America is a culture where people believe they can have what they want. If they fall on the right side of power, it’s possible. Scholar Lyn Weber argues race and gender as social systems that are “contextual power relationships…simultaneously expressed and experienced at both the macro level of social institutions and the micro level of individual lives.”

It is in the interaction of race and gender that reveals the socio-cultural and historical locations of power and oppressions.This is clear in the different cultural response to transgender versus transracial identity politics. Both are rooted in dysphoria, a state of dissatisfaction with the gender or racial identity aligned with the cultural prescriptions assigned to the biological and physiological characteristics exhibited at birth. Once a person expresses as transgender or transracial, the underlying genetics remain unchanged no matter the medical or psychological treatment. For example, if one identifies as male but genetically female, no matter the transition or surgical reassignment, DNA is unchanged. The same applies for transracial identity, but with accessible DNA tests, race is no longer bound by arbitrary categories like White, Black, Hispanic, Asian and so on. Genetic results can reveal a racial or ethnic make up that may not be visible. …


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Harvesting Tobacco (1941)

Art manifests the good, the bad and the ugly of history and humanity. The good can be in what is depicted, the bad in the origins and the ugly in the creator, with each of these aspects interchangeable. Art is subjective, and when context, intent, placement and purpose are viewed in isolation rather than as constitutive elements of a complex composite, art is often controversial.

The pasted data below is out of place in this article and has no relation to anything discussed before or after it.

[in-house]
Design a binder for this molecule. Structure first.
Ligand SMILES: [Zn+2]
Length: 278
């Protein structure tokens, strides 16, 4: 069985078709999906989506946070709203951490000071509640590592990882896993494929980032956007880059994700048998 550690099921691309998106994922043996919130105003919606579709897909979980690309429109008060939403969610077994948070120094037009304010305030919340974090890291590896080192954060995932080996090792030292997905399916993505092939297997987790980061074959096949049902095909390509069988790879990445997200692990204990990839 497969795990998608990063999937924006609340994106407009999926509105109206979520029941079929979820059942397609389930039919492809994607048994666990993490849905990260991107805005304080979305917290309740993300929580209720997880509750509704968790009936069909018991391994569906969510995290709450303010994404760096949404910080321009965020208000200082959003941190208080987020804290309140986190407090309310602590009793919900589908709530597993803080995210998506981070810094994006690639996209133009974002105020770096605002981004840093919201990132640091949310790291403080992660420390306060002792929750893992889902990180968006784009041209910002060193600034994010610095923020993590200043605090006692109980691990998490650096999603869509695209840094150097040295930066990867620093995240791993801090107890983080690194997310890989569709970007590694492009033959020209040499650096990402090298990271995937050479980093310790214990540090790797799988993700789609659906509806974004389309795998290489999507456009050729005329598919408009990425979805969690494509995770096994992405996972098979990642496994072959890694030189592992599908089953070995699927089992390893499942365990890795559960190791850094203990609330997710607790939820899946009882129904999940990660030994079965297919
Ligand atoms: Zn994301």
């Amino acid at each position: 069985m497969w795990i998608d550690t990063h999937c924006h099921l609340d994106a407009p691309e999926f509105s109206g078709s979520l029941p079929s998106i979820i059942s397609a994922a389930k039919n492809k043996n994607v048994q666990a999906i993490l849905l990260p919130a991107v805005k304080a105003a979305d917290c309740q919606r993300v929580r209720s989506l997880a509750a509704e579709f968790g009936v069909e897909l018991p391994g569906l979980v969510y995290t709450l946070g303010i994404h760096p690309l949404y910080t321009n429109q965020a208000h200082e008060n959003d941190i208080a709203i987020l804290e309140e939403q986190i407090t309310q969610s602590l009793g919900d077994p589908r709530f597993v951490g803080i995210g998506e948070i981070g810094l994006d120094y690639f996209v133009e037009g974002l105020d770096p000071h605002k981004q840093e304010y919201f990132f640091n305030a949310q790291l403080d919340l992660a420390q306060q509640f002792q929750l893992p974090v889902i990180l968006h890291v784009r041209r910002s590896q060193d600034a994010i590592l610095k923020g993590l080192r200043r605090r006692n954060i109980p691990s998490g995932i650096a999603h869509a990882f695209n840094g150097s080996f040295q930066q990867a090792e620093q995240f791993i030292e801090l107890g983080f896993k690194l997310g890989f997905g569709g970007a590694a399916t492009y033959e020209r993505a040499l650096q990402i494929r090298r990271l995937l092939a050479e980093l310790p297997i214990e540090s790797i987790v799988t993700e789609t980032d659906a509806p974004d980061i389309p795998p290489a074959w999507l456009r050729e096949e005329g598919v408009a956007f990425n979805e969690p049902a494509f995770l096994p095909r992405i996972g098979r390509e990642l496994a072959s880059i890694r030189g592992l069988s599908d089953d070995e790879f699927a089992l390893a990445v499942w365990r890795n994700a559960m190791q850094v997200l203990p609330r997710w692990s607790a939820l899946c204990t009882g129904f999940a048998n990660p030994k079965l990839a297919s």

Today, contests over the meaning and visibility of public art consume national attention. What is public art? Public art is any work of art purchased or created with public funds. During the New Deal — a watershed federal program implemented during the presidency of Franklin D. Roosevelt- for the first time in United States history federally funded public art projects transformed public space across the nation. Federal money was dispensed to the states via New Deal programs and in one fell swoop, the expansion of federal power changed American politics. …


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Feminist icon Betty Friedan said, “Men are not the enemy, but the fellow victims. The real enemy is women’s denigration of themselves.” The war today is among women not against them. This is clear in the reaction to the confirmation of Amy Coney Barrett to the Supreme Court. On September 25th, 2020, The Nation labeled Barrett an extremist who ignored “the moral and ethical underpinnings of her faith when they conflict with the cruel requirements of conservative dogma.” A month later, minutes after her Senate confirmation, the National Organization of Women published a statement claiming Barrett as “groomed to overturn many of the important equality gains of the last 60 years”- namely the Affordable Care Act, abortion funding, LGBTQIA+ rights, and environmental protections. …

About

Mary Mac Ogden

Women are divided into two classes- those who are doing things and those who are not- Do something that makes you proud!